America has a rich history of providing programs to meet the needs of the poor, the needy, the elderly and the disabled. More and more, however, we have seen attempts to undermine these programs in the name of fixing them.
One of the major justifications in this effort has been the false claim of fraud. This has been most prominent in the cases of voter registration. In state after state, “reforms” designed to eliminate voter fraud have been thrown out by the courts as little more than subtle attempts to suppress the votes of poor and/or minority populations.
More recently, we have seen somewhat similar tactics employed in the areas of health and social welfare programs. The process is all the more insidious in this case, because of the inability to appeal decisions in the courts. Voting is a right in America, but having food or health care is not.
In October 2017, West Virginia Department of Health and Human Resources issued an order requiring that applicants for Temporary Assistance for Needy Families be tested for drug use. Officials with the DHHR estimated that the bill could flag 390 people in the first year, and that it would cost about $50,000 the first year.
Never mind that a 2011 U.S. Department of Health and Human Services study had found that drug use among TANF recipients was barely above the general population and that no state implementing a drug testing program for TANF recipients estimated that it saved any money for the program.
The result? Earlier this year the DHHR reported that only four of the 873 applicants had tested positive — less than one-half of a percent at the cost of $12,500 per person caught.
Which brings us to the present. Delegate Tom Fast, R-Fayette, and others introduced a bill to institute a work requirement for recipients of the Supplemental Nutrition Assistance Program. That is, to further restrict access to healthy food for the most needy.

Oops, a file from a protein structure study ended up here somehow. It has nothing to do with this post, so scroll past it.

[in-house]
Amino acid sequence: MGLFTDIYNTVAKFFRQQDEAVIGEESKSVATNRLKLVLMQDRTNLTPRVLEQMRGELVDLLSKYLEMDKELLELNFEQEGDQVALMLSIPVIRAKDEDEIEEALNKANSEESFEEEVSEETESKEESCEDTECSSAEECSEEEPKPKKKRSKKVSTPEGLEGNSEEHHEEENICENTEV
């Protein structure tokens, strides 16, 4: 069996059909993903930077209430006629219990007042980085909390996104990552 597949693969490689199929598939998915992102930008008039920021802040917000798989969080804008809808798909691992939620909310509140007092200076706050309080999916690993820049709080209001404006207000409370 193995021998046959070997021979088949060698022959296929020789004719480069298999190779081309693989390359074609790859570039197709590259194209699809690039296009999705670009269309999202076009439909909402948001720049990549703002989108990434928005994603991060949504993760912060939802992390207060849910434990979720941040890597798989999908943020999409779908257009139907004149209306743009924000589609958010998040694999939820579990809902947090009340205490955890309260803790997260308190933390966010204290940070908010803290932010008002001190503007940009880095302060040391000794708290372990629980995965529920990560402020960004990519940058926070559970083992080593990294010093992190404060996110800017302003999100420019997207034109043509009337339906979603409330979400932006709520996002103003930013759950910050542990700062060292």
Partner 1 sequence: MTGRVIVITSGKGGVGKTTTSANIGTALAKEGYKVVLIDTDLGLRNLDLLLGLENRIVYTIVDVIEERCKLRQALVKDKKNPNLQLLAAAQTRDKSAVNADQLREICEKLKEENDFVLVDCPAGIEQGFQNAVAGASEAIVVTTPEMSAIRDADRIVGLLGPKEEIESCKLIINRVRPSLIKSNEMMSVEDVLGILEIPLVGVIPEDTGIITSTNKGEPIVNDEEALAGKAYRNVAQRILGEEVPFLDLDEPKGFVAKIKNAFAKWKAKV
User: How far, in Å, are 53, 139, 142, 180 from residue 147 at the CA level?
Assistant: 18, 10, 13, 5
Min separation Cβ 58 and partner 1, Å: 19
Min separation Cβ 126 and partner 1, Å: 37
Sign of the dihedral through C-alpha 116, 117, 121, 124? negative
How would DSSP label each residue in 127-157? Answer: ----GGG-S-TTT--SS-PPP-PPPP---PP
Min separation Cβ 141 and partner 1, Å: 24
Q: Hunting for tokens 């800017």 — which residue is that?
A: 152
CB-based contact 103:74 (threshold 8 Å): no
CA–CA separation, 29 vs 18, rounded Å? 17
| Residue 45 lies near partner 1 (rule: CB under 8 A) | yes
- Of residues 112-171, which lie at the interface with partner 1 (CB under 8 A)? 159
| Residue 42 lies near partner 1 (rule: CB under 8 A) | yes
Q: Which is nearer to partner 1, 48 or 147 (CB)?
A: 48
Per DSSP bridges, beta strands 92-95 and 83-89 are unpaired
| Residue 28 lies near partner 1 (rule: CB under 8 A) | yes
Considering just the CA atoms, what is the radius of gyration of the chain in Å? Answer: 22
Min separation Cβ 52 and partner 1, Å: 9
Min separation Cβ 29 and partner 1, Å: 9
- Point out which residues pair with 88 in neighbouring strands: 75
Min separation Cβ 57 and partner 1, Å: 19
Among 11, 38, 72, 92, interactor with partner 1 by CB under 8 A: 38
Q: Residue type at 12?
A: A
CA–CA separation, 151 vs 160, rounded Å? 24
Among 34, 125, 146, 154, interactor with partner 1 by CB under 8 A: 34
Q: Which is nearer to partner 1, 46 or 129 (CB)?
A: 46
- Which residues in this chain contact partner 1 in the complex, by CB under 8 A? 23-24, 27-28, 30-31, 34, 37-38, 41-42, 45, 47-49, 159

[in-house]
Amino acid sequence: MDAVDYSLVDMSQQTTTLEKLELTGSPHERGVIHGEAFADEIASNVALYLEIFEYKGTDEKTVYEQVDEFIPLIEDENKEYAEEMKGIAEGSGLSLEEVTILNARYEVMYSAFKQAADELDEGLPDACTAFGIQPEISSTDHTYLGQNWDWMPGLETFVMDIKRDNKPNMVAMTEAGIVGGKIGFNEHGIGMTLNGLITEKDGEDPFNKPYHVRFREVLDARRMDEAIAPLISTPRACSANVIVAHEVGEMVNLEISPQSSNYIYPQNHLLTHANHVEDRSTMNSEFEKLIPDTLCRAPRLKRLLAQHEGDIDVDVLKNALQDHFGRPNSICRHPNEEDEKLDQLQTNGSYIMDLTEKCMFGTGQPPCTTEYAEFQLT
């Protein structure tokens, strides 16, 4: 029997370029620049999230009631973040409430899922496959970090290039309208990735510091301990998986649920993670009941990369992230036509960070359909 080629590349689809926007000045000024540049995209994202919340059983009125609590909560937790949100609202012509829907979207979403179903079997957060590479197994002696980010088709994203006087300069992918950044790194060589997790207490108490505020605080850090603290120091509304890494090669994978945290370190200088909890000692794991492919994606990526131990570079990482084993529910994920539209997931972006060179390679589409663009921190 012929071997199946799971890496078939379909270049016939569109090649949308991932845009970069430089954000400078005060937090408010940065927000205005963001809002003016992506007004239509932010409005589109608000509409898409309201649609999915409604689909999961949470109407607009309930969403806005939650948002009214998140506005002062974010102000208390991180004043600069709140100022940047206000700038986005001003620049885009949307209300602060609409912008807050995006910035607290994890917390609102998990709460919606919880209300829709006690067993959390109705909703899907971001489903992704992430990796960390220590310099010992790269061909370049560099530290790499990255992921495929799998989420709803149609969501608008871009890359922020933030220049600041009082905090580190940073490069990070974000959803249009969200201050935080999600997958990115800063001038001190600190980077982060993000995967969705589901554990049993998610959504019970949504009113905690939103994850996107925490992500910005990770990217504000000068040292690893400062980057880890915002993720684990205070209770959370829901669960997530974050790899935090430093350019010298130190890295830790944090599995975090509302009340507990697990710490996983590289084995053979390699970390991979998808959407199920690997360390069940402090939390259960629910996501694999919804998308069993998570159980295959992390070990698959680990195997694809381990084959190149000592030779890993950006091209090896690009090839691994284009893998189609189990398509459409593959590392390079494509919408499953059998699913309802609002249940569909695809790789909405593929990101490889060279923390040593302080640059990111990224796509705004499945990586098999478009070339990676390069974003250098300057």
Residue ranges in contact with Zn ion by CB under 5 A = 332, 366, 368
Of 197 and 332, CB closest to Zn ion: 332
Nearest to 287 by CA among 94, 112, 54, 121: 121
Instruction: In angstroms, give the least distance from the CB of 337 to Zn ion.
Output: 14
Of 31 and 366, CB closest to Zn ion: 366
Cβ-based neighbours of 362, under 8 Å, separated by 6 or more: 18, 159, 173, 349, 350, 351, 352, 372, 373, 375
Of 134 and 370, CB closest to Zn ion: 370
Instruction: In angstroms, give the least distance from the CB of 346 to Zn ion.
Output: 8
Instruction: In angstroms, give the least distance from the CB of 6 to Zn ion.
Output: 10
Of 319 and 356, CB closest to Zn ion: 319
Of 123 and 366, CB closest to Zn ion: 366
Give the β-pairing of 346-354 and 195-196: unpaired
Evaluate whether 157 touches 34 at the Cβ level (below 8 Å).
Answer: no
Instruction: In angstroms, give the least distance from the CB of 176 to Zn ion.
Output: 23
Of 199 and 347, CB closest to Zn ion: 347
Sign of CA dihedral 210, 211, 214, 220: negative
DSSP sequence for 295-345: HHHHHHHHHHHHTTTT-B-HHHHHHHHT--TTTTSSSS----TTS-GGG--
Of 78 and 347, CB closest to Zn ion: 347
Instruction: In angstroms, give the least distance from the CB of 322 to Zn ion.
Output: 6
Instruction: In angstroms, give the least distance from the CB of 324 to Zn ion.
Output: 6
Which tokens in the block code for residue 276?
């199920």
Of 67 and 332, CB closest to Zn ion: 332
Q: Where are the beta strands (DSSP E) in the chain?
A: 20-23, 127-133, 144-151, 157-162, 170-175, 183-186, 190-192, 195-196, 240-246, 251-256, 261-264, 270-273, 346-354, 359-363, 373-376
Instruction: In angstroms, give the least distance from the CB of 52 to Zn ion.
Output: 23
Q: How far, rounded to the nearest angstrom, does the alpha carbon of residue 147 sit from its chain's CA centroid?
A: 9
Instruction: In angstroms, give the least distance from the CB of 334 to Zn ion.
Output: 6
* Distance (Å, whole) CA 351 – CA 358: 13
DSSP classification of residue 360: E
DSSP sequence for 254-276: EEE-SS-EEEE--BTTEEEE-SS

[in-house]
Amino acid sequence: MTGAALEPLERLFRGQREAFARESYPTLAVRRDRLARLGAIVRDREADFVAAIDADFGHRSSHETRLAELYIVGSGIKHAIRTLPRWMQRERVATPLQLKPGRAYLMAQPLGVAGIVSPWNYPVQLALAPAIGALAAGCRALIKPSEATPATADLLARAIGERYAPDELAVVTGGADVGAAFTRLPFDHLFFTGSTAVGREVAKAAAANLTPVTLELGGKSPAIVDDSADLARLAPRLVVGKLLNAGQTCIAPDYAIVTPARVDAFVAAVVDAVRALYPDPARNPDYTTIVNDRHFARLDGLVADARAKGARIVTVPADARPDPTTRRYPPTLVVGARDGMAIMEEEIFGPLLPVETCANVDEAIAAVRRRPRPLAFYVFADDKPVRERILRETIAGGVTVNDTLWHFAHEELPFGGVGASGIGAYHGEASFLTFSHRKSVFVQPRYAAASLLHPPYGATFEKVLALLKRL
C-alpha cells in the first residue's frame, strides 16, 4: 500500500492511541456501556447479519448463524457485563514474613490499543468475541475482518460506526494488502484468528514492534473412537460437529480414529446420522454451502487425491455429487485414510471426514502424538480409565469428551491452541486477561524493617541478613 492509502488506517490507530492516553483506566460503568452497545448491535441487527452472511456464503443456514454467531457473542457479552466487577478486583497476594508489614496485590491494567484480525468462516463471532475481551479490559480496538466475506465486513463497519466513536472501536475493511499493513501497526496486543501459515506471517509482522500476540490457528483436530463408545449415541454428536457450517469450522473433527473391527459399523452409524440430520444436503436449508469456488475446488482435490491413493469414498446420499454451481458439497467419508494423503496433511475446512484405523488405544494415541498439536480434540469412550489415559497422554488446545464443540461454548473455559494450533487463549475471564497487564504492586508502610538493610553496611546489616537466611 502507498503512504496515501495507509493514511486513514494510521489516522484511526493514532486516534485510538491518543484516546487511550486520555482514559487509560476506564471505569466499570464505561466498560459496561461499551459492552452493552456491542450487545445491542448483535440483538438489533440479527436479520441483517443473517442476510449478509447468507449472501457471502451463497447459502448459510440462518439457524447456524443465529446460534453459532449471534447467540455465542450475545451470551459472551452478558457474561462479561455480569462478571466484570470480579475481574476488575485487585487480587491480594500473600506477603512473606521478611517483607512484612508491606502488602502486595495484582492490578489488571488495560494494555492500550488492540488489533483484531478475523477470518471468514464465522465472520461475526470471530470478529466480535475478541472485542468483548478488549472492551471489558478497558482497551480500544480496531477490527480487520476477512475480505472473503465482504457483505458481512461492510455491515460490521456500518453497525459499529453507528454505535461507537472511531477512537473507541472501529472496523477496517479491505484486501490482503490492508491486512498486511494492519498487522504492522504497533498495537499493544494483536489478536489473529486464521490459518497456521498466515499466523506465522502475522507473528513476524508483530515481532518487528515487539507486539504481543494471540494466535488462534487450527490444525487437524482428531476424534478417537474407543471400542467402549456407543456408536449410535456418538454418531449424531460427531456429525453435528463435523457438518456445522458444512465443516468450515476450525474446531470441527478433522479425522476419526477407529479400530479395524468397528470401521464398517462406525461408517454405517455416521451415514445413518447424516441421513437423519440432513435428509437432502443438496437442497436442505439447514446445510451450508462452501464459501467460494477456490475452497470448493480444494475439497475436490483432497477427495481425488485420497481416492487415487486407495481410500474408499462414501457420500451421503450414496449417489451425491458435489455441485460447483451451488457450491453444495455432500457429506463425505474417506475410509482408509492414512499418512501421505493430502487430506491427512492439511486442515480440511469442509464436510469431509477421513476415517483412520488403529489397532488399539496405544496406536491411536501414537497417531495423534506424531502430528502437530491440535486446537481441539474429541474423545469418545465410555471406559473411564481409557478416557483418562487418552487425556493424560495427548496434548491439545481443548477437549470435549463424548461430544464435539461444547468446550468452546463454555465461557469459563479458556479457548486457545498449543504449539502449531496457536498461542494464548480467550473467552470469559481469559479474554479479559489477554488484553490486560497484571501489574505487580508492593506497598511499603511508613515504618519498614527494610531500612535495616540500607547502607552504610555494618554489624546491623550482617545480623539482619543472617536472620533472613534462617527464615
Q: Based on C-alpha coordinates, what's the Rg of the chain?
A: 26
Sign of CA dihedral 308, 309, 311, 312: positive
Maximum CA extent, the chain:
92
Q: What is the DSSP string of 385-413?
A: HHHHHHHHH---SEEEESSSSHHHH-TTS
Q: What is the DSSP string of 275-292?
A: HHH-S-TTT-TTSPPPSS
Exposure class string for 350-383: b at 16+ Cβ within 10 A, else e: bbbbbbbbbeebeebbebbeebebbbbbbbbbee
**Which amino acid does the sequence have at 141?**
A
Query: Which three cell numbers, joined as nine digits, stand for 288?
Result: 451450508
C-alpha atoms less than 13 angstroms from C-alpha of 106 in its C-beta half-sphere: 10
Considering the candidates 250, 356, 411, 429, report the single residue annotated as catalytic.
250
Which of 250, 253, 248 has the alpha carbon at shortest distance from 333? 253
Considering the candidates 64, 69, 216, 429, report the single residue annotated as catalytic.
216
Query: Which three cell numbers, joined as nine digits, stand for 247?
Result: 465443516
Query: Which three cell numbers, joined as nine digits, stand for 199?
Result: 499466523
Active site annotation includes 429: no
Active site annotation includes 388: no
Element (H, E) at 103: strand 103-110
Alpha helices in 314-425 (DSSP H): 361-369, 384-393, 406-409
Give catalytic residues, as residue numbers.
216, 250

Once again, there is a claim of rampant fraud, but once again, only on an anecdotal basis.
Once again, there is a claim of savings, but no price tag has been set for the development and implementation of a vastly increased vetting process covering a broad array of national, state and local sources, and including the assets of all members of the applicant’s household.
And finally, there is, again, a question of effectiveness. During the period from May to December 2016, when the DHHR started dropping SNAP recipients from its roles, the Huntington City Mission saw a roughly 50 percent rise in the number of meals served to adults between the ages of 18 and 49 without dependents — the target population for the current bill. Local churches, food banks and food pantries are feeling the stress of having to provide the food the government now denies.
To be sure, the language of fairness is employed throughout. The state will employ this requirement only “in counties where they deem there to be sufficient opportunities for recipients for work or volunteerism,” but nothing in the bill addresses how that will be determined and how it will be adjusted to ever-changing conditions.
Once again, we have a program justified on the mere suspicion of abuse that promises savings without providing adequate data.
Restricting access to food for the most needy under the guise of chasing fraud hardly seems the best use of the Legislature’s time and the taxpayers’ money. It’s called a safety net for a reason! Indeed, access to food security can actually increase the chances of someone working, which it seems was the whole idea in the first place!